How do you instantaneously get the word out to millions of people a day that you have written a new article for Associated Content, and possibly make some friends at the same time? Social media site Twitter.
I had some experience using Twitter as an editor and so had an idea of how it worked. However, our site at the newspaper requires readers to pay if they want to view any of the local stories we publish. With Associated Content, the idea is to get as many readers to your stories as possible, so spreading the word is vitally important.
Before taking the AC Twitter challenge I had already set up a personal account on Twitter (http://twitter.com/BrianKoeller), which is free. At that time, I mostly used Twitter to broadcast to other, random Twitter users which articles had been published, along with a shortened URL address for it. Twitter only allows 140 character messages, so describing what the story is about and including a lengthy Web site address is difficult. Luckily, there are Web sites that have sprung up that create shortened URL addresses from the long ones. I use Tiny URL, but there are others. You can then post the story address in your “tweet” (message) and have more room to include descriptions or search terms.
However, taking the challenge pushed me to do what I should have been doing with Twitter all along: consciously seeking out other Twitter users with similar interests as mine, interests related to articles that had been published or, perhaps most importantly, other writers (especially other Associated Content writers).
Since a couple of my first stories were published in late September and were Halloween -oriented, I was lucky enough that Halloween was a search topic several times on Twitter. Twitter keeps a list of “trending topics,” which shows what people are tweeting about most often. Halloween has been a trending topic for quite a while, so each day it is I make sure to tweet the articles on Halloween music and beverages I have had published. Initially, this led to a couple of Halloween costume sellers (including @halloweenstuff, @costumesnow and @gorify) to begin following my tweets, meaning every time I send out a message, these people, or companies, see it.
This leads to a couple of other possibilities. If they like it and “retweet” it, then the same message and link goes out to all their followers, who then may decide to click on the link. For example, @halloweenstuff has 715 followers, @costumesnow has 522 followers and @gorify has 3,162 followers. Combined, that’s another 4,399 people, all of whom presumably are interested in Halloween topics, that may at least be made aware of my Halloween-themed articles and may visit them. By the way, I currently have a mere 64 followers, though they are each very helpful.
In addition, by clicking on someone else’s account, you can view who is following them, which could provide other leads. At times, if you choose to follow someone else, they may return the favor and follow you.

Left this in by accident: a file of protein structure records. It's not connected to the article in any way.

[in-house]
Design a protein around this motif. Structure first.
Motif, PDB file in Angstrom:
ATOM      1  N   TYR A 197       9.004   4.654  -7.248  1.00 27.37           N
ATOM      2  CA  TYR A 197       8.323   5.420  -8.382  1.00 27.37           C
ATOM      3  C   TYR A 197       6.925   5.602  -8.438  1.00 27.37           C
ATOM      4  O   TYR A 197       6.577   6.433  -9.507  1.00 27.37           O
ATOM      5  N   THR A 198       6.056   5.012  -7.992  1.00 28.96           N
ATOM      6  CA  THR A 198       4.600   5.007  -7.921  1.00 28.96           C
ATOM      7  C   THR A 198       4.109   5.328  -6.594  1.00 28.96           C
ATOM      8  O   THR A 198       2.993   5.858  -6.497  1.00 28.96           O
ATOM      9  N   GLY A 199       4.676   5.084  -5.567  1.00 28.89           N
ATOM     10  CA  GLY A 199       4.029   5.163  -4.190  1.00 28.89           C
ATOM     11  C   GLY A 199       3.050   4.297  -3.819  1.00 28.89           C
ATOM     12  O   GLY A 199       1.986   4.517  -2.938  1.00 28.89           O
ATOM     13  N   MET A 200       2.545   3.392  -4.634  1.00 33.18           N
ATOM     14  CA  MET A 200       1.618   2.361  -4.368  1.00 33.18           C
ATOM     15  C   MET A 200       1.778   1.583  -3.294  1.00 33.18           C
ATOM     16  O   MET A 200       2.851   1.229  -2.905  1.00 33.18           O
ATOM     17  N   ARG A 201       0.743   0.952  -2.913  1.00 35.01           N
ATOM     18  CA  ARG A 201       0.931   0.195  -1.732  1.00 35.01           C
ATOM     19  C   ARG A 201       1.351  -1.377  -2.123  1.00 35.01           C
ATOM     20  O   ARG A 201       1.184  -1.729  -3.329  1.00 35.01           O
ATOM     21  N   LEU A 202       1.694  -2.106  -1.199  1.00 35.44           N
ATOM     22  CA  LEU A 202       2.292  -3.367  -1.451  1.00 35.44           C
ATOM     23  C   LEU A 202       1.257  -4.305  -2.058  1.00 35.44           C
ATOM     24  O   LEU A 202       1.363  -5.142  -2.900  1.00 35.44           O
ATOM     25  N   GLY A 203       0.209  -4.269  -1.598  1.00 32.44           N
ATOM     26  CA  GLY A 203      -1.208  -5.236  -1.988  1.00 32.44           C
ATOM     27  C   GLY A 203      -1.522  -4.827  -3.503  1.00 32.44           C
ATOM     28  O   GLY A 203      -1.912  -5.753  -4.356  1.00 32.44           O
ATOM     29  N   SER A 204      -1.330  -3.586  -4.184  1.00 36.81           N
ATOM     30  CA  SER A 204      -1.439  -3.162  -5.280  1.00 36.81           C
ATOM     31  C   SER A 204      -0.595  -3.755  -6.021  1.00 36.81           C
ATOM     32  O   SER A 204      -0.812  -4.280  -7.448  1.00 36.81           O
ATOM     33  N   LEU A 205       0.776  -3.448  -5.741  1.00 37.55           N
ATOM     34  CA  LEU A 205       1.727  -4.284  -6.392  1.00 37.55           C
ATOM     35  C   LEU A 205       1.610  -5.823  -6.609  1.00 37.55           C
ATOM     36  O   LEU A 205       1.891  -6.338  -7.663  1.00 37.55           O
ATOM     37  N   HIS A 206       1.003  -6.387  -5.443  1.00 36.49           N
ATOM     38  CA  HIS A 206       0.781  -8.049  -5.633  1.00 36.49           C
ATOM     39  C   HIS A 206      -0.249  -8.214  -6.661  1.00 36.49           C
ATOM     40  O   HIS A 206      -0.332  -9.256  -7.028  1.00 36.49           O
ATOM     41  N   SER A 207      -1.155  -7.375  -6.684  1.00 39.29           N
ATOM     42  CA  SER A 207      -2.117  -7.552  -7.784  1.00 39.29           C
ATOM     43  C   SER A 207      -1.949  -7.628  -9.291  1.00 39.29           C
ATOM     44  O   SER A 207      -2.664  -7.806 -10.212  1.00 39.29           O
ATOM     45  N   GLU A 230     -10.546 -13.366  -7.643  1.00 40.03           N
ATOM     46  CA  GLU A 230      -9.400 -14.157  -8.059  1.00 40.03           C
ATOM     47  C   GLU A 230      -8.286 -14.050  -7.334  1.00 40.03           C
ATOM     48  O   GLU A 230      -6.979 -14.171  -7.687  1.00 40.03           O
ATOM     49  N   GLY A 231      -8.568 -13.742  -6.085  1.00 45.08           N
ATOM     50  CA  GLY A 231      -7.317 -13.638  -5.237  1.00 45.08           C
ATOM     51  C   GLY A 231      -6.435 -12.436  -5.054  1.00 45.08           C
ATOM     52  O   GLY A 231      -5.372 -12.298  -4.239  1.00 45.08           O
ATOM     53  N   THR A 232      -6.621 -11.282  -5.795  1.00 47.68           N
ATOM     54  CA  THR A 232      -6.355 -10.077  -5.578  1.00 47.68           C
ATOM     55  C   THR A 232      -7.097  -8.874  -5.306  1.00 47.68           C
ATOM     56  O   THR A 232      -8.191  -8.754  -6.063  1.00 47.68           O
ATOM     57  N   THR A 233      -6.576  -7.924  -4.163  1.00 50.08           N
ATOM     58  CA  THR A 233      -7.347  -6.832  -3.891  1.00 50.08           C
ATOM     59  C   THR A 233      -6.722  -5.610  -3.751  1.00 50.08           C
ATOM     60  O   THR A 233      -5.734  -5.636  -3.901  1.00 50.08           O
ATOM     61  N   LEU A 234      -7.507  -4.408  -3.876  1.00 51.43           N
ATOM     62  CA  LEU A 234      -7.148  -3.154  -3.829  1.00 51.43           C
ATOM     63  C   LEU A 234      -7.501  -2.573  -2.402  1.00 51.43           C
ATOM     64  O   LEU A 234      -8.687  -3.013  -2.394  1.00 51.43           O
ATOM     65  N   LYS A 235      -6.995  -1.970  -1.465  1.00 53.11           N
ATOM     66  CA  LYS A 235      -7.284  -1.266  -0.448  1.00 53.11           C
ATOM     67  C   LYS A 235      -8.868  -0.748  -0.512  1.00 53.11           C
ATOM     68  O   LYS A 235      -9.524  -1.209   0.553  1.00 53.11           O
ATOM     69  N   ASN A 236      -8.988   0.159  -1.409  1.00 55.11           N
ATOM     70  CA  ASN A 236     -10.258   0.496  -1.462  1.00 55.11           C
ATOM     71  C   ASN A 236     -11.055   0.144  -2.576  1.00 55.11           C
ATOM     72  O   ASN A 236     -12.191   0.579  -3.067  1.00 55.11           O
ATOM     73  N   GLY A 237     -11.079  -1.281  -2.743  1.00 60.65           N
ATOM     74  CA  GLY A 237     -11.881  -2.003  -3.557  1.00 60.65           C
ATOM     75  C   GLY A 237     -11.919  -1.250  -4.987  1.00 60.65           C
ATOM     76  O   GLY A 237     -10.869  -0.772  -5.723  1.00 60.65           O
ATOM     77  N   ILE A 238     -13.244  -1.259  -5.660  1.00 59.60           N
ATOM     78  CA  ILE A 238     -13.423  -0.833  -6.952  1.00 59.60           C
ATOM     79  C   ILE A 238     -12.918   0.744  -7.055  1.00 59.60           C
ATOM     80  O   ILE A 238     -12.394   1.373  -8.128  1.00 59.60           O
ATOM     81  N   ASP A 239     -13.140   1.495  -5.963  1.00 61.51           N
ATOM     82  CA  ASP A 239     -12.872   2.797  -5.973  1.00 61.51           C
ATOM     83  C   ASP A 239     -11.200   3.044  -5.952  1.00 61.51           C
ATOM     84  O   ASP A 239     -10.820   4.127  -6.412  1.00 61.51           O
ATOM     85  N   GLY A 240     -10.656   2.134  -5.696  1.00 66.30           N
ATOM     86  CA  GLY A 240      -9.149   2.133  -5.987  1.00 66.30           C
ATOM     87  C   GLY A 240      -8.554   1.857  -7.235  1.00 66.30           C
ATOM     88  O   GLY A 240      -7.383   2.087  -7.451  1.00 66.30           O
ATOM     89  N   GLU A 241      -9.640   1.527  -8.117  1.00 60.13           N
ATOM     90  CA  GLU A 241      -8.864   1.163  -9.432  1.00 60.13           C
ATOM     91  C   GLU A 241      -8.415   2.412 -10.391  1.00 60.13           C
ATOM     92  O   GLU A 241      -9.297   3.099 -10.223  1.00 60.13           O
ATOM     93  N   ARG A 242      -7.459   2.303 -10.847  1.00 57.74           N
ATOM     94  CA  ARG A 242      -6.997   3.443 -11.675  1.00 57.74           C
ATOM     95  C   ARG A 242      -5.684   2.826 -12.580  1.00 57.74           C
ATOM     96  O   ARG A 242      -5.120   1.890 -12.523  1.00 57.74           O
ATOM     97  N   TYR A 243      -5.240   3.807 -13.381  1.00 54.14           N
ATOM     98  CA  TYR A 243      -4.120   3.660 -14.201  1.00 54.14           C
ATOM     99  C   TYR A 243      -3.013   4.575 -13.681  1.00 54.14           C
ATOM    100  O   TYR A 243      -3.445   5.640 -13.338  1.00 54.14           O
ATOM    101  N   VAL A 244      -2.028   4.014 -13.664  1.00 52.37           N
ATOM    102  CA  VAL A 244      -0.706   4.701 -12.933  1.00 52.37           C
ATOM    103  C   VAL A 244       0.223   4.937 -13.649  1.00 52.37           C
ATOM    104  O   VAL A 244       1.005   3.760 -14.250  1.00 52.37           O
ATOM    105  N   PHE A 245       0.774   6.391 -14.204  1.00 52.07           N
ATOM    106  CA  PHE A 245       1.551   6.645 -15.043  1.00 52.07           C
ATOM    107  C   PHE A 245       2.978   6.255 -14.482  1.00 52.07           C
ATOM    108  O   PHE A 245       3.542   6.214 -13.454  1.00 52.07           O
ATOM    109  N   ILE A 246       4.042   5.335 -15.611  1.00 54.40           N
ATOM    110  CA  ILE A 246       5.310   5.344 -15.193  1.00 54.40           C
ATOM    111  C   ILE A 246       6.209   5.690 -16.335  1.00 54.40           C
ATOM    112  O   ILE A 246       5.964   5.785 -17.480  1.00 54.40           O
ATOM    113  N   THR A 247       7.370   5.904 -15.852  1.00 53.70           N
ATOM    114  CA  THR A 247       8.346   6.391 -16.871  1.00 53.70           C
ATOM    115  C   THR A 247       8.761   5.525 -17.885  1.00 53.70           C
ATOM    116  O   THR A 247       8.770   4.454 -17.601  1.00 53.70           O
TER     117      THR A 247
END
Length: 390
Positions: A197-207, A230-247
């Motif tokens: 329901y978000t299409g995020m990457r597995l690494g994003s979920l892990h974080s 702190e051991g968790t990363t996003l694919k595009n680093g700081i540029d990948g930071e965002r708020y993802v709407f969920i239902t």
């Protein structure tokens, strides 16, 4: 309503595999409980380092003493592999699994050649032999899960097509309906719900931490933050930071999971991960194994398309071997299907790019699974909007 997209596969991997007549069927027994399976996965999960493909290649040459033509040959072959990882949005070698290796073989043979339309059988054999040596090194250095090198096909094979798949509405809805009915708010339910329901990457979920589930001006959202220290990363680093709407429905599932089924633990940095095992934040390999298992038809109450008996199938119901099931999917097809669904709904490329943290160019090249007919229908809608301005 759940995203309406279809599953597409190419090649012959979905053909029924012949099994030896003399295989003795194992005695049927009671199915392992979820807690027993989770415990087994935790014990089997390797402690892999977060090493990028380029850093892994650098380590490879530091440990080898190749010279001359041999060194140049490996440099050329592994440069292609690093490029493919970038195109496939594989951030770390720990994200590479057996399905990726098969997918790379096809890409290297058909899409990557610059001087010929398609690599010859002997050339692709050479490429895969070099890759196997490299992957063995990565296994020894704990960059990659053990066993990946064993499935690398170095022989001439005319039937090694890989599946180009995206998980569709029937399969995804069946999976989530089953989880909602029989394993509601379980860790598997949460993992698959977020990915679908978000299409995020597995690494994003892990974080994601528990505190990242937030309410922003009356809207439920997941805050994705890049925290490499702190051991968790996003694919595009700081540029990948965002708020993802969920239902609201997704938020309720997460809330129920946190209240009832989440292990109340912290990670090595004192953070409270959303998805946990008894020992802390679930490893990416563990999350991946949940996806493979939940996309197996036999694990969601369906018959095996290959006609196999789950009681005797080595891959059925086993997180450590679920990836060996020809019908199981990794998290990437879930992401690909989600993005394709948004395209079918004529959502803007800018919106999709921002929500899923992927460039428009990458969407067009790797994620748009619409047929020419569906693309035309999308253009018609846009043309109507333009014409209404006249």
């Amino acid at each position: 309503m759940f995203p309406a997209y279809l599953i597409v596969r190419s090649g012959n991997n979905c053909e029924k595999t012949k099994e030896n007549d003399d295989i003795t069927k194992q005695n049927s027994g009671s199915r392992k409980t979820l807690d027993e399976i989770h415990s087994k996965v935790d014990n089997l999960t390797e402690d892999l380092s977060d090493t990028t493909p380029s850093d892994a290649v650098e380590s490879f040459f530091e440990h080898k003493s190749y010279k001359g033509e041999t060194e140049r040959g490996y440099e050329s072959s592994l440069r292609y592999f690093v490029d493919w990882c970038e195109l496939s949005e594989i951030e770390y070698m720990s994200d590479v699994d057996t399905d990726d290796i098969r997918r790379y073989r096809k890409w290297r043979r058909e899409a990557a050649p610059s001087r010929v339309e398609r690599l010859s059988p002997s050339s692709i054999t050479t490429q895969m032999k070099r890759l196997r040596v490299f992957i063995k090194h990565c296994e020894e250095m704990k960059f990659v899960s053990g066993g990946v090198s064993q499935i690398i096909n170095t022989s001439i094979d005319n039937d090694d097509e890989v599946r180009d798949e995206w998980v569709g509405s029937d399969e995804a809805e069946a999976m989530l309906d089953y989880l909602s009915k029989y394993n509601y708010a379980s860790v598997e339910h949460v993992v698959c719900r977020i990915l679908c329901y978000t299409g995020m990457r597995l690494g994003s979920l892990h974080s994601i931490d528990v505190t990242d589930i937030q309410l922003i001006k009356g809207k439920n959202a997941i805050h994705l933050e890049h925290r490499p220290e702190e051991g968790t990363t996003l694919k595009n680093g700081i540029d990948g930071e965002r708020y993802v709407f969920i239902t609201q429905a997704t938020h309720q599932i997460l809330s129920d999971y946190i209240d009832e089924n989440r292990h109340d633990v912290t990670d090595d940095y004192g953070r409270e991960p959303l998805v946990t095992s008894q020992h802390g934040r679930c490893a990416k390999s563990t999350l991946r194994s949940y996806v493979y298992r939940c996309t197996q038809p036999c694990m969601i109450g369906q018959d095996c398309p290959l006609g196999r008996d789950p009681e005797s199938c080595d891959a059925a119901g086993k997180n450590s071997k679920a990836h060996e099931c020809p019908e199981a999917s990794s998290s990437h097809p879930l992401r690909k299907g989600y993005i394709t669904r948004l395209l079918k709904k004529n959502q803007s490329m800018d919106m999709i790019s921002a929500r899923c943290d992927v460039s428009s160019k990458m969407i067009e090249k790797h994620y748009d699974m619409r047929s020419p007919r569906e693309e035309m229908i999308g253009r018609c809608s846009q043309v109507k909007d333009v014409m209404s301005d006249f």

This became especially helpful after discovering Associated Content had several writers already using Twitter also. Some of these could be found by searching #AC. If the #-sign is put in front of a word or phrase, then any messages containing that designation can be searched and gathered in one place. For instance, any Associated Content contributor who tweets a new story they have published is encouraged to add #AC somewhere in the message. Then, if someone searches #AC, anything containing that comes up on the search. I used this to find several other Associated Content writers already using Twitter, a process that would have been very time consuming otherwise. I then began following several of these writers, which informed me when they had articles published. Some of them then began following me, which meant they (and possibly their fans) learned when I had articles available. In turn, I believe the same process has been used by other AC writers who have begun following me.
So, what’s the benefit of following some other writer or having them follow you? Quite simply, it’s the same benefit as explained above of having someone with similar interests being alerted when you have a new article. The AC contributor circle on Twitter is a very friendly and helpful one. I have retweeted when writers who are following me have a new article, and they return the favor. Once again, this opens up new potential audiences.
For example, @ruby3881 has about 480 followers, @AKLark has about 80 followers, @LangleyCornwell has about 545 followers and @afshively has almost 350 followers. These are just a few of the helpful contributors from AC on Twitter who are followers of mine, and, in return, I follow them. Granted, many of their followers may overlap, but not all of them will and any opportunity to open a new contact is a good one. Together, we all spread the word about new articles.
Also, some of those who began following me on Twitter have also become fans of mine on Associated Content, and I’ve become fans of theirs.
Twitter is reported to receive 6 million unique visits per day and 55 million a month, which is a lot of people you can instantly let know you have an interesting article for them to read at Associated Content. Take a little time and make a few friends on the site, a little “I’ll rub your back if you rub mine,” and you can find a dedicated audience that will help you get the word out to even more people and increase those page views.